The sartorial challenges of radio
Having stayed at my mum's in Bath - before heading off to record a feature for You and Yours at the Roman Baths - she looked me up and down and - as is customary, provided full subtitles to her raised eyebrow: (my mother hates to be misinterpreted when criticising. Crystal clear comprehension is her sole aim.) "Is that what you are wearing?" she asked. "To go and do an interview?
I looked down too. (Up is harder when you are both the subject to be appraised, and the appraiser. Try it if you don't believe me.) Shoes? Check. Tights? Check. Skirt, top, cardie? Check, check, check. Massive rucksack with recorder, notebook and three months worth of detritus? All present and correct. Still finding the looking up trick, well, tricky, I patted my head in case my hair was missing. Nope. All there. I looked back at her and raised my own brow. "It's just not very smart." she said. Then she softened a little, like an iceberg which had been attacked with a hair-dryer (i.e. not much.) and added "for a top-level reporter, (pause) Darling." Leaving aside the top-level thing, it did start me wondering about the dress code at work. Were we all hideous scruff-bags, in need of a brisk shake down and an iron from my mother, or not?
To be clear: there are no rules that I am aware of, which dictate what we should wear for work at Radio 4. I personally avoid denim, as my first ever boss at Radio Cambridgeshire told me to. I still stick to that rule because she was so frightening, that if she ever caught me wearing jeans now, I would still have to escape to the loos for a little cry. It also makes me feel a bit more professional when I'm out and about meeting people. In the office, however, there is a sliding scale from lycra cycling gear (which gets changed after a cool down) to chinos and jeans, to jackets and sharp little skirt suits. Nothing crazy. Just clothes.
Apparently it was very different forty plus years ago. Thena Heshel devised the original 'You and Yours' programme. As part of her contribution to our anniversary celebrations, she wrote to tell us about the sartorial advice she received when starting out in radio production in 1964: "I was expected to arrive very formally dressed. " she typed "it was even suggested that it might be appropriate on some occasions to wear a hat!" Evening dress for evening recordings was recommended, and Thena recalls wearing "a suit skirt jacket and gloves to produce a weekly live programme called 'Week's Good Cause'. She did point out though, that by the time she joined the BBC, the young ones had started to ignore such advice, which came from "the older generation of producers who were then retiring".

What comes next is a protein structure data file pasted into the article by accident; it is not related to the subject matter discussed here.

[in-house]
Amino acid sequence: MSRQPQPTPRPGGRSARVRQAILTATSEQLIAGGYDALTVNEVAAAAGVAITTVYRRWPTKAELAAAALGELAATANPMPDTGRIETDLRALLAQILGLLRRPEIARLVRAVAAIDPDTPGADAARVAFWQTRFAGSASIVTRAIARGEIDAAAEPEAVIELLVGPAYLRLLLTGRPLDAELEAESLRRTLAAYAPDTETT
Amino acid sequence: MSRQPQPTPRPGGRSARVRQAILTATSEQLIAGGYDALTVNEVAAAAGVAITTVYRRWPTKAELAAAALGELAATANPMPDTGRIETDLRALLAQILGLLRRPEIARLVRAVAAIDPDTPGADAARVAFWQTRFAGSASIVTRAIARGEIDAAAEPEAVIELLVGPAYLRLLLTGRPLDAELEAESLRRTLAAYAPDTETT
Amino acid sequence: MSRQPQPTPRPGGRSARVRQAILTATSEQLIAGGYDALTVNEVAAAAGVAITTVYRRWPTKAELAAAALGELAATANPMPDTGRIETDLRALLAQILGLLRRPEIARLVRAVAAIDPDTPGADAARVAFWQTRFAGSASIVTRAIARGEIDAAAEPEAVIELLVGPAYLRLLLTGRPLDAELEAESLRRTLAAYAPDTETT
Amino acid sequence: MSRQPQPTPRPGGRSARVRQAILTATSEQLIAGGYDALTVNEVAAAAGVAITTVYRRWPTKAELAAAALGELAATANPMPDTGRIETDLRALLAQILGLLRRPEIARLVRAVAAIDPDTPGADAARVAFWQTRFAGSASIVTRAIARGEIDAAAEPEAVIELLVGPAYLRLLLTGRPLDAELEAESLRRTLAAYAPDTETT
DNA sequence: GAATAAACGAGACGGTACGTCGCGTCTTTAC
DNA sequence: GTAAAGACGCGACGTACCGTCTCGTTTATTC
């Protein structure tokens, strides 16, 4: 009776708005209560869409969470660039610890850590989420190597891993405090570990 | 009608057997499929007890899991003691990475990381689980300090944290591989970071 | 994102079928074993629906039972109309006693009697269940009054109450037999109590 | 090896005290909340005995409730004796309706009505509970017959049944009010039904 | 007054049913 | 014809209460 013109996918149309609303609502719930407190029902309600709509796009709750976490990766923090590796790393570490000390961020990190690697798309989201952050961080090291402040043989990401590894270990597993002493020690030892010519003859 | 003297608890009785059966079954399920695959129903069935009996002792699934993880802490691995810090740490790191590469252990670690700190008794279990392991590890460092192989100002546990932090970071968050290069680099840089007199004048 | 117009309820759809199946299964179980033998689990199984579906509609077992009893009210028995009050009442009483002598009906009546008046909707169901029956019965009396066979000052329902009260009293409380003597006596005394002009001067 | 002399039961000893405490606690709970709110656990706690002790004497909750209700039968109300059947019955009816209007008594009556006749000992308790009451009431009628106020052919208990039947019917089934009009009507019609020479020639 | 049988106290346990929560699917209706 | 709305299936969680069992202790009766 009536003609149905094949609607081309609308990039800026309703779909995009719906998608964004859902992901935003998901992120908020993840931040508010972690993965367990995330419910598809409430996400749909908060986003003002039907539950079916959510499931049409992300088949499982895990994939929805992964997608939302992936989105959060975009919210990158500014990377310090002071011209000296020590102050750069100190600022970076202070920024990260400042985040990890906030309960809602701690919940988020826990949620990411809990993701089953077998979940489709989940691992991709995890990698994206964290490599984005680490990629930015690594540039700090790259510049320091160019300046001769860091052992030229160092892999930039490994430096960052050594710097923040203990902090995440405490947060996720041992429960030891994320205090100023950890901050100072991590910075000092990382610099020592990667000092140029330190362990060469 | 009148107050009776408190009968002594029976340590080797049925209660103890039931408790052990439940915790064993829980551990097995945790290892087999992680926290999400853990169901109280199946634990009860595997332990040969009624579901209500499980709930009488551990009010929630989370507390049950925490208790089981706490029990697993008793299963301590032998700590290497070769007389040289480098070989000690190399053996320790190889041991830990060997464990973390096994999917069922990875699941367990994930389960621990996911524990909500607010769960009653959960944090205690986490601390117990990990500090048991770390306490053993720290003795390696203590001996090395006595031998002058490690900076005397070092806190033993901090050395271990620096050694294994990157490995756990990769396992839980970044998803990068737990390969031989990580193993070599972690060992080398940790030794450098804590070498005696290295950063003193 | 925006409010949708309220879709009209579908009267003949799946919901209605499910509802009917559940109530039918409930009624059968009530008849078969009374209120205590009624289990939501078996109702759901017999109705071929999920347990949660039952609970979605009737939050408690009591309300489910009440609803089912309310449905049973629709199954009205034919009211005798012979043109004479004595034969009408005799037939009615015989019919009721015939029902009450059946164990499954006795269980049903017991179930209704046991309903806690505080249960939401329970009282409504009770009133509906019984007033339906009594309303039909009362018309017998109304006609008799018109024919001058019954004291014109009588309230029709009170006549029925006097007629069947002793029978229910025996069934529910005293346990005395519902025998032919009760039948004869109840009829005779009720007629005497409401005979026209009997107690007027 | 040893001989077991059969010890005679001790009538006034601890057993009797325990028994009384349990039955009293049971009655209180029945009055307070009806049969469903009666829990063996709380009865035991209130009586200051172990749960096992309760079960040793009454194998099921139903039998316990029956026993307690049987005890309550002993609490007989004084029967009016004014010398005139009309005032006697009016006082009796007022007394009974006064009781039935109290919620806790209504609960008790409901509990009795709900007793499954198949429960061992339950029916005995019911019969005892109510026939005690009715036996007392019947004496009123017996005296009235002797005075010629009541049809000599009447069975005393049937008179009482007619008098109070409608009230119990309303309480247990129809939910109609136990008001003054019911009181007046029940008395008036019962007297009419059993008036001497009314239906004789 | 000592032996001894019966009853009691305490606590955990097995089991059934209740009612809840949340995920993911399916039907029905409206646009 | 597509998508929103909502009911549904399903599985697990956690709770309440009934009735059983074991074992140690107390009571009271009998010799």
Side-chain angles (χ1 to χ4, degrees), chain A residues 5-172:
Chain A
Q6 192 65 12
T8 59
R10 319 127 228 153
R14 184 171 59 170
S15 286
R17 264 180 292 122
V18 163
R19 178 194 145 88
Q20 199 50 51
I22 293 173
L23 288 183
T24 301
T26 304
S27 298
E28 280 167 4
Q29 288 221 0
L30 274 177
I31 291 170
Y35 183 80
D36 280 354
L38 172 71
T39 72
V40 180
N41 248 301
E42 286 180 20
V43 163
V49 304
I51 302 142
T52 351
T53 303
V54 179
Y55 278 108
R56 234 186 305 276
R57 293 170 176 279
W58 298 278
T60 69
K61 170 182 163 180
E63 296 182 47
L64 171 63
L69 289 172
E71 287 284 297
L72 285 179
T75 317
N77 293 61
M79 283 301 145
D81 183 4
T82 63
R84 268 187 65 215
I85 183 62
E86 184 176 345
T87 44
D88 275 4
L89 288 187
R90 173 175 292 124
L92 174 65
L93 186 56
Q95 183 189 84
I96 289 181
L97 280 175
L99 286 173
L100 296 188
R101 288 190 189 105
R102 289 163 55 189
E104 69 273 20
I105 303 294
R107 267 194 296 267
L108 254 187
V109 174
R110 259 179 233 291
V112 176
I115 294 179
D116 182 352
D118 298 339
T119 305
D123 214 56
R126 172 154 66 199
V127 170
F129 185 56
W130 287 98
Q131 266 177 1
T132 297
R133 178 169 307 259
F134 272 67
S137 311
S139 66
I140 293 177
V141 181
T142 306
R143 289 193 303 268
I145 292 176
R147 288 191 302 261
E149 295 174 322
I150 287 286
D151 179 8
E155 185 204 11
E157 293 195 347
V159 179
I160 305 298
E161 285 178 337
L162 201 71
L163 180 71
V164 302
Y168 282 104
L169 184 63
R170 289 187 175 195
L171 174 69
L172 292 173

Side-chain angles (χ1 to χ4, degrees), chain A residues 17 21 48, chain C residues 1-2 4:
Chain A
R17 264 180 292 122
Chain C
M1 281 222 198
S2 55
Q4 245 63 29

Now it has completely changed. Obviously. In fact, the dressed down approach took on a whole new meaning a few years ago when a new reporter jogged to work and kept on his extra brief running shorts for the morning news meeting. He would then sit in a typically bloke-ish fashion with his legs up on the table requiring everyone else to look primly away, or face a very human exposé. What would my mother have said to that?
Back to her then, and to me in the hallway in Bath. I defended my outfit, reverted to being a teenager, got a bit grumpy and stalked off for my interview. When I arrived, the beautifully dressed woman from Bath and North East Somerset Council looked me up and down and uttered a soft "Oh.." I am still not sure why, and whether it had anything to do with what I had on. I hope not. After all, surely the whole beauty of radio is that no one knows what most of us look like, and no one should really care. That's part of the reason I love the medium, and as my mother has often remarked - probably part of the reason they still let me work in it.